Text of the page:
As a person of color in the United States, I have endured many things, including people who would question my right to be in certain places— suggesting that, as a Black woman, I got there unfairly and that I was somehow not deserving of basic rights white folks take for granted.
That’s why President Trump’s racist attacks on Rep. Ilhan Omar felt personal to me, but more importantly, dangerous. Omar is a freshman congressperson, U.S. citizen, and Muslim who came to the United States as a child refugee from Somalia. While many are inspired by her story, Trump seems to think that if you are a hijab-wearing Black congresswoman elected in Minnesota, you should go back to Africa.
Through his tweets targeting Omar and the three other members of Congress known as “the squad” – Reps. Alexandria Ocasio-Cortez, Ayanna Pressley, and Rashida Tlaib – Trump broadcast to all of us that if you a person of color, you don’t belong here. One could simply interpret his comments as “U.S. citizen = white person.”
Watching Trump pause and enjoy people at a campaign rally chanting “send her back” – referring to Omar – made me think about what it must have been like in the 1930s as the fervor of Nazi ideology began to take hold. It was also a reminder that when rhetoric is used to single out whole groups of people as the source of society’s problems, those targeted people cease to be seen as human beings. Instead, they are demonized, even criminalized. We see this in Trump’s ongoing attacks on immigrants, refugees, and the Black and Muslim communities – identities that are all held by Omar.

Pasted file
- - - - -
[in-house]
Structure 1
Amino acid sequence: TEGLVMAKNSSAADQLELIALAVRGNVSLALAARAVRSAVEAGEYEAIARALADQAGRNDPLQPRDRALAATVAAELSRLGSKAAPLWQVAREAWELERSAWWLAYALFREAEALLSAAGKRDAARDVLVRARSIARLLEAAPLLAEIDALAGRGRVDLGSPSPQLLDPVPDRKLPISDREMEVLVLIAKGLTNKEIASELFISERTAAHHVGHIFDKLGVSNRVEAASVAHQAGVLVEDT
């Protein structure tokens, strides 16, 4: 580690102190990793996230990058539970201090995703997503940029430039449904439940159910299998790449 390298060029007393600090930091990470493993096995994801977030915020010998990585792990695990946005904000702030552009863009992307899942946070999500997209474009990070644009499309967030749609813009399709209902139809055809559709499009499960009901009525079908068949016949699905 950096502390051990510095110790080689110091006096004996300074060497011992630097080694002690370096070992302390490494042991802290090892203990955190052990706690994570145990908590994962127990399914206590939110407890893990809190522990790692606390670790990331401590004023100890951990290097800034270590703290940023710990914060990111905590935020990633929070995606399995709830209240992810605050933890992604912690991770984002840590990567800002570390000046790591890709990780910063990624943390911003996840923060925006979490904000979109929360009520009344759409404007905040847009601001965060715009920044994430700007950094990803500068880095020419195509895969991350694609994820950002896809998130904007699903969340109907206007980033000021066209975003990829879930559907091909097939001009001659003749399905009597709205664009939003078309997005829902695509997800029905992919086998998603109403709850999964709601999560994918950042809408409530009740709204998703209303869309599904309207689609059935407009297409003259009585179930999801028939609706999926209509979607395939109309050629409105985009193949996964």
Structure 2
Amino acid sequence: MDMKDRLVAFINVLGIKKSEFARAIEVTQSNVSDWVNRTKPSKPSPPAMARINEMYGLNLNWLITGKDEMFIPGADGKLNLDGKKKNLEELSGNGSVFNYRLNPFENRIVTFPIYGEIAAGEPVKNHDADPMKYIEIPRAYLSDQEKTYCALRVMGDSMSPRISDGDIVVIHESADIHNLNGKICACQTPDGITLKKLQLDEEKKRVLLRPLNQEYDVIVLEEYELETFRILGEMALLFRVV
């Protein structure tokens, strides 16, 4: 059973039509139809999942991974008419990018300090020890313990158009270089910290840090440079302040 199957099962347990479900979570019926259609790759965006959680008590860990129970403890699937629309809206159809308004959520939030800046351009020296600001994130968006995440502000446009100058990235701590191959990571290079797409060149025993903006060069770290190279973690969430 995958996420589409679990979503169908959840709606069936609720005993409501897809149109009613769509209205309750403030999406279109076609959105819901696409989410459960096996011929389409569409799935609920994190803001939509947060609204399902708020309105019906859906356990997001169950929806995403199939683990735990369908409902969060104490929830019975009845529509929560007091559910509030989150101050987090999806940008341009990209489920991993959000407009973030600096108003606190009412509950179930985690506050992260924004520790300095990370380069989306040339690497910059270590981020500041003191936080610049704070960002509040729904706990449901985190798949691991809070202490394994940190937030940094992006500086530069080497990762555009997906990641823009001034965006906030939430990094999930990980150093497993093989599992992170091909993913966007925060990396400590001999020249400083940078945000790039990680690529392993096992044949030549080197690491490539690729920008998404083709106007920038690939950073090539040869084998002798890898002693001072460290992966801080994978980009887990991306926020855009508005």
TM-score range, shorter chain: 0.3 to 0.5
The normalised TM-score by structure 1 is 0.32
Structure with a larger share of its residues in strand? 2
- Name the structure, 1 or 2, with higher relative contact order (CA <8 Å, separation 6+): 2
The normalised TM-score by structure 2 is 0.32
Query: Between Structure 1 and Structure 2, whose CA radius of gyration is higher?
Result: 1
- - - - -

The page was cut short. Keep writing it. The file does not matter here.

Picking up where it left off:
While some dismiss Trump’s offensive tweets and comments as meaningless or even funny, we must recognize their serious consequences. When the president spews racist, hateful statements, it gives permission to others to do the same — from people at the rally, to strangers we encounter on the street, and to many more on social media. In fact, over the weekend, an Illinois GOP Facebook account released a meme of the four targeted congresswomen in a mock movie poster for the “Jihad Squad.”
This kind of meme demonstrates how Trump’s rhetoric reinforces conspiracy theories and Islamophobic narratives. These not only endangers the safety of Omar – who has received threats of physical violence and even death — but also the lives of other immigrants, refugees, Black, and Muslim people across the U.S.
What’s more, Trump’s dangerous rhetoric makes it possible for him and others in power to justify anti-Muslim and anti-Black policies, from the ongoing U.S. airstrikes in Somalia to the Muslim ban to “counter-terror” policies that target Muslims and so-called “Black identity extremists” in our local communities.
As a Quaker, I believe in living our values, which include equality and integrity. That’s why I am compelled to speak up and do all that I can to disrupt Islamophobia, anti-Blackness, and all forms of racism and discrimination.
I hope you will join me in doing the same. AFSC has many resources to help:
- Check out our bystander intervention resources on what to do when you witness instances of racist or anti-Muslim harassment (while keeping everyone safe).
- Learn how to respond when someone makes an Islamophobic comment on social media or in everyday conversation.
- Download one of our posters, with the powerful message that "We all belong here. We will defend each other." Display and share them in your community and on social media.